Skill in providing accurate and timely answers to specific research questions with source identification.
Skill in identifying principles or relationships that explain facts, data, or other information.
Skill in instructing users to identify, retrieve, critically evaluate, and manage information.
Skill in the development and use of various of training and instructional materials or methods such as CAI (computer-assisted instruction), audiovisuals, syllabi, handouts, etc.
Skill in executing a database or manual search that requires unique or complex search strategies to ensure required precision or recall.
Skill in establishing and applying a current awareness program.
Skill in the use of internal automated systems to retrieve information about the library's collections.
Skill in the use of internal and external automated systems including personal computers, electronic mail, dial access, local and wide area networks, the Internet, including World Wide Web, document imaging, etc.
Skill in use of appropriate information technology to acquire, organize and disseminate information.
Skill in the use of HTML or other web software or technology to create personal or library home pages.
Skill in developing and implementing a marketing plan to attract users, promote information services and products, and obtain program support.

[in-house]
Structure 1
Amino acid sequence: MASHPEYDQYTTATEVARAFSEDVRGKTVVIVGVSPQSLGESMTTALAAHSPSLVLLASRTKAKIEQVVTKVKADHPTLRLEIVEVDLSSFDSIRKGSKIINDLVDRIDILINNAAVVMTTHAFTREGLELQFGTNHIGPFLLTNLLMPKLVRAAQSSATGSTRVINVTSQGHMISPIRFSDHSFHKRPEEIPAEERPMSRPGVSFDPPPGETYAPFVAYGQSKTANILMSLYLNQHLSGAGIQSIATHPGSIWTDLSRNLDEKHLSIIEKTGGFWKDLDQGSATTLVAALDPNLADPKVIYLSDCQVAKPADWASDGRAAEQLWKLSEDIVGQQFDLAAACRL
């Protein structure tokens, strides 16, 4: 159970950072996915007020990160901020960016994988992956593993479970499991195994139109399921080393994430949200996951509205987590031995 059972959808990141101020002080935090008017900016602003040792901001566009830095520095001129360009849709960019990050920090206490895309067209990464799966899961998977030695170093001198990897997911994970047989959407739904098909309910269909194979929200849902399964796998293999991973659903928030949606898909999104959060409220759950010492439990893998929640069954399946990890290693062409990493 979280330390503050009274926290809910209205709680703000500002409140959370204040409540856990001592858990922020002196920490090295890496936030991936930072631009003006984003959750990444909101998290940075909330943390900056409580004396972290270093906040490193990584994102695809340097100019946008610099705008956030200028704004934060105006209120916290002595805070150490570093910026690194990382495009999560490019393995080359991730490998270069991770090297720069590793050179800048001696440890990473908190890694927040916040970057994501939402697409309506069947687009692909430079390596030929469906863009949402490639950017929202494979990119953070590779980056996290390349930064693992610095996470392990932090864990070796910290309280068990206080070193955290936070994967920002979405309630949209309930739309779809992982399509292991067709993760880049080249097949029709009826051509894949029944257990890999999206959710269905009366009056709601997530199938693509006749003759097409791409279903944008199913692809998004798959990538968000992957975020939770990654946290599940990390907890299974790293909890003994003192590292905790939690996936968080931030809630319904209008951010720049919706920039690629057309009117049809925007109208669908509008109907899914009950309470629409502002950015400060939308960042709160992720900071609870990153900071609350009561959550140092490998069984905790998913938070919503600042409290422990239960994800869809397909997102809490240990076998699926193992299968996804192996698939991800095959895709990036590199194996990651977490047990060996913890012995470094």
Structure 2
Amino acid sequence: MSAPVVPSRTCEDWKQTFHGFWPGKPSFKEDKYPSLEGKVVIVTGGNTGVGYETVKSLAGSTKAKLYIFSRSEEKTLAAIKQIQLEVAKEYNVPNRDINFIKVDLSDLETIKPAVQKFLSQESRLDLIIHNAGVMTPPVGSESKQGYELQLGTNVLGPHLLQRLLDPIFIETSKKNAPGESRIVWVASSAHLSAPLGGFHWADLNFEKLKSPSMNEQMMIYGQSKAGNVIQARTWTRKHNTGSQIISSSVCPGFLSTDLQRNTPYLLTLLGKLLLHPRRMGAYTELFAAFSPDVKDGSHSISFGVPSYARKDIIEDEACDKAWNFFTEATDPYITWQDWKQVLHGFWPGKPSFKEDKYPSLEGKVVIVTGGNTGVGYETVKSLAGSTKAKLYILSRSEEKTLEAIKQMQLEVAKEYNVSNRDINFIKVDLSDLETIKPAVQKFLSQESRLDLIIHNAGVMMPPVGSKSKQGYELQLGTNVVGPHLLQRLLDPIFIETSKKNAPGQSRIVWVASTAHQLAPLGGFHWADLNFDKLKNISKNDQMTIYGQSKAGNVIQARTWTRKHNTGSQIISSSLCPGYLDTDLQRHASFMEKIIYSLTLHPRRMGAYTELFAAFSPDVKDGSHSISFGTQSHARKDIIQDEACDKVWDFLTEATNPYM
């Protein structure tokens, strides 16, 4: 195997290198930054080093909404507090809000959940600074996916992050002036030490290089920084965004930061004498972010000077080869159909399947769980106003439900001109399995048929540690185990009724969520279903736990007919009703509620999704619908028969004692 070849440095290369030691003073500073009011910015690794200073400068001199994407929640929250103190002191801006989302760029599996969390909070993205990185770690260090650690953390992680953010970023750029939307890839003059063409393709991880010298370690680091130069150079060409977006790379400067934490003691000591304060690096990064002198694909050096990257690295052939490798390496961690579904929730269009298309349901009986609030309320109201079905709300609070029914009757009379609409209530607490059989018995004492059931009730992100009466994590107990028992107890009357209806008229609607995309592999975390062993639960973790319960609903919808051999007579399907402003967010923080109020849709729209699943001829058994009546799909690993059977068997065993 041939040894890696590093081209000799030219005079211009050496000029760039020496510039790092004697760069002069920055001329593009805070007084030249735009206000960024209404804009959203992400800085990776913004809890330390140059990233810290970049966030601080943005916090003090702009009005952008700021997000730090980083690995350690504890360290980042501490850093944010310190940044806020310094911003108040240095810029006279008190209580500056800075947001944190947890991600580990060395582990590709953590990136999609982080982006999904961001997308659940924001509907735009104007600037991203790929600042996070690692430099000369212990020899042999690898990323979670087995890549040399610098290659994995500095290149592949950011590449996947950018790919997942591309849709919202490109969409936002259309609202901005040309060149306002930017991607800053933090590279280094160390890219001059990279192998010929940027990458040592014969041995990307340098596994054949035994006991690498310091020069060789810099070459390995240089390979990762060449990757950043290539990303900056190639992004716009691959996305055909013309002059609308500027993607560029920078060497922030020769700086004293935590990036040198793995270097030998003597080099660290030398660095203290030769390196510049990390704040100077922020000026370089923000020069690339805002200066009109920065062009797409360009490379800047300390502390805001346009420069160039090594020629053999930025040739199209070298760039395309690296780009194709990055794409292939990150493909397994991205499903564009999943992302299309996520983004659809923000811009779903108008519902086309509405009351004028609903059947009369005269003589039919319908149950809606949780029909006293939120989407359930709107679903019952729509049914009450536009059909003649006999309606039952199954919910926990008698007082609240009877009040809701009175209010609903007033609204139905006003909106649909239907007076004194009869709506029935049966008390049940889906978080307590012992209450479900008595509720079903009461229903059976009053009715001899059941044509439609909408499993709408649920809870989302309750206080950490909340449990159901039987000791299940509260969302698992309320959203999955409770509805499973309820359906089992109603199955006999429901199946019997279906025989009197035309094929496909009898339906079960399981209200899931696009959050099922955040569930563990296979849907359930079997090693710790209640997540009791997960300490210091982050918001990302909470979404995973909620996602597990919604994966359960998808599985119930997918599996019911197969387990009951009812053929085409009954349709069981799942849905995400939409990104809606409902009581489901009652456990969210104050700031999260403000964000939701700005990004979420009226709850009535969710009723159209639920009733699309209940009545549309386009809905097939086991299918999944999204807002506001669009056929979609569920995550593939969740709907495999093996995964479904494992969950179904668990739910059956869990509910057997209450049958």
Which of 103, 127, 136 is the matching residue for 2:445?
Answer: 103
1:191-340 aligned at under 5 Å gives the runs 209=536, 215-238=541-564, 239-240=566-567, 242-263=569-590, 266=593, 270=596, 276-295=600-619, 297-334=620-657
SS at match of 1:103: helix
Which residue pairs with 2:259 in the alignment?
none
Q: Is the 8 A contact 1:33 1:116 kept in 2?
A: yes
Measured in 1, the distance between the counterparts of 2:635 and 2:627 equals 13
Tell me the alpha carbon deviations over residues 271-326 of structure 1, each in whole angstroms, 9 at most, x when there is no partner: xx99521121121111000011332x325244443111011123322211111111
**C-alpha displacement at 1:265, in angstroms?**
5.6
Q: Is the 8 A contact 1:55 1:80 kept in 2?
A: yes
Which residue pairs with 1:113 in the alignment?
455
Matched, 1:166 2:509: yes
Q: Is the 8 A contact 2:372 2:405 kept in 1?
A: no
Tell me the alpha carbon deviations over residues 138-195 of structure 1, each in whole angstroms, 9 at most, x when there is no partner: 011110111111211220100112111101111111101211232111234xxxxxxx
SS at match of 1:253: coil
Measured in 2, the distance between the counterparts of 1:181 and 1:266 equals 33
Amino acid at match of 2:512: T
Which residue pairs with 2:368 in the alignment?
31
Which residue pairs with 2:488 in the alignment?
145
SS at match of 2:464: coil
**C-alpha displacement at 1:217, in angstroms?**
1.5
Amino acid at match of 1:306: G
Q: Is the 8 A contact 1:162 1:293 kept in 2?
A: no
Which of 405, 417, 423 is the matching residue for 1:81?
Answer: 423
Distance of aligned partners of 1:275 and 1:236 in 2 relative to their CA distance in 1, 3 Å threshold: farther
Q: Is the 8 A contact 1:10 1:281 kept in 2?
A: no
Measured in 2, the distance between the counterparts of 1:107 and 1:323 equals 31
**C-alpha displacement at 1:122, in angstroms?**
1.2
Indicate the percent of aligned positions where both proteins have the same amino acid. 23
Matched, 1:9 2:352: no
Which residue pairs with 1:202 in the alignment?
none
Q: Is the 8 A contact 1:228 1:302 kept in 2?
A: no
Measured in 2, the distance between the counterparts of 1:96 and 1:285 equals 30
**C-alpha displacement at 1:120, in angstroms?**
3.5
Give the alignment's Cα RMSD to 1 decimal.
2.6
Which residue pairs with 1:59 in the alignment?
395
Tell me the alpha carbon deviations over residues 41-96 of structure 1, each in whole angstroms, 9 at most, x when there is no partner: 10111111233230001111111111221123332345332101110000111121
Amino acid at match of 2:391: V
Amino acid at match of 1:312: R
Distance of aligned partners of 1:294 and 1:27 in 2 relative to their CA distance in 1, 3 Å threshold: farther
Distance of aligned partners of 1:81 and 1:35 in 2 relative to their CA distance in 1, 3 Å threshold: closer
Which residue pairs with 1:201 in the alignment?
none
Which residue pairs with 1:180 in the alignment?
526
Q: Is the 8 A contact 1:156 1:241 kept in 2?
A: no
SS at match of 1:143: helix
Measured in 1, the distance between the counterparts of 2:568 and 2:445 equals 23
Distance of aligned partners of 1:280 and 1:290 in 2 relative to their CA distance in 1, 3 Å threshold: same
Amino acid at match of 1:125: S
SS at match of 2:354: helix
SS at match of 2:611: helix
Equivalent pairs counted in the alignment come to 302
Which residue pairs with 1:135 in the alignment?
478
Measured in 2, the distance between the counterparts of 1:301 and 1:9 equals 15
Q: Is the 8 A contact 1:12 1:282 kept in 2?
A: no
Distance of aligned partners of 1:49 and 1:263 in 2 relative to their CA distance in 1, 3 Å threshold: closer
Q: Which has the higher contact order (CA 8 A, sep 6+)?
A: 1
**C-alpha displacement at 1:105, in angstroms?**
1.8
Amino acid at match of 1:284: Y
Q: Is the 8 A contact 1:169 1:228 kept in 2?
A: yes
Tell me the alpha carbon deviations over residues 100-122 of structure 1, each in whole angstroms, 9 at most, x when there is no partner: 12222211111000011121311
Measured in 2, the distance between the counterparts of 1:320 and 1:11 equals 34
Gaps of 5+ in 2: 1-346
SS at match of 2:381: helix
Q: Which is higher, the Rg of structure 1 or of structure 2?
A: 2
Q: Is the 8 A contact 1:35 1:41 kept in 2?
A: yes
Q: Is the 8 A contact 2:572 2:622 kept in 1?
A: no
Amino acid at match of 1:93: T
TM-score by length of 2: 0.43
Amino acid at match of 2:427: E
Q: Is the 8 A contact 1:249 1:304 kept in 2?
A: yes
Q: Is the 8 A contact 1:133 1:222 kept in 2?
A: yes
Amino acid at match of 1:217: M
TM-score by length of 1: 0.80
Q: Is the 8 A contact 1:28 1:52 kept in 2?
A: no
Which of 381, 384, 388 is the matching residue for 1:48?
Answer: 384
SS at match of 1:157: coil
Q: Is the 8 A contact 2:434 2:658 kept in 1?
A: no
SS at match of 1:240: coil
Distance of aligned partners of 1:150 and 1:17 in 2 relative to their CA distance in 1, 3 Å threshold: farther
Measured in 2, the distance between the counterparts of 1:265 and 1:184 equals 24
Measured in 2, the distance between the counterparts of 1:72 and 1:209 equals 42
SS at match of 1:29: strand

Skill in building a core collection of books and journals that meet the information need of the agency.
Ability to obtain information, define problems or questions, identify relationships, evaluate quality, assess impacts, draw conclusions, and make recommendations.
Ability to communicate effectively orally and in writing.
Ability to adapt behavior or work methods in response to new information, changing conditions, or unexpected obstacles.
Ability to accept and deal with ambiguity.
Ability to consider new ideas, new concepts, and differing opinions.
Ability to anticipate trends in the environment in which the library operates and respond pro actively.
Ability to acquire and apply new knowledge and skills, or apply training, feedback, or other opportunities for self-learning and professional development.
Ability to plan and organize.
Ability to set well-defined and realistic goals.
Ability to work with others to achieve goals.
Ability to demonstrate understanding, courtesy, tact, empathy, concern, and politeness to others.
Ability to effectively deal with people (individuals) who are difficult, hostile, or distressed.
Ability to relate to people from varied backgrounds and situations, including differences of gender, ability, culture, religion, and sexual orientation.
Ability to search databases using Telnet, Windows, DOS, Mac, Unix, or other interfaces or platforms available within the agency.
Ability to assist users in downloading software and clients from institutional or web servers.
Ability to understand and interpret written material including technical reports, rules, regulations, instructions, survey results, studies, reports, charts, graphs, or tables, and apply what is learned to specific situations.
Ability to identify and evaluate print and electronic resources that meet the information needs of the agency and select the most appropriate materials to make available in the library's own collection and which are most appropriate to obtain on an as needed basis.
Library of Congress
Comments: Library of Congress Help Desk
Federal Library and
Information Center Committee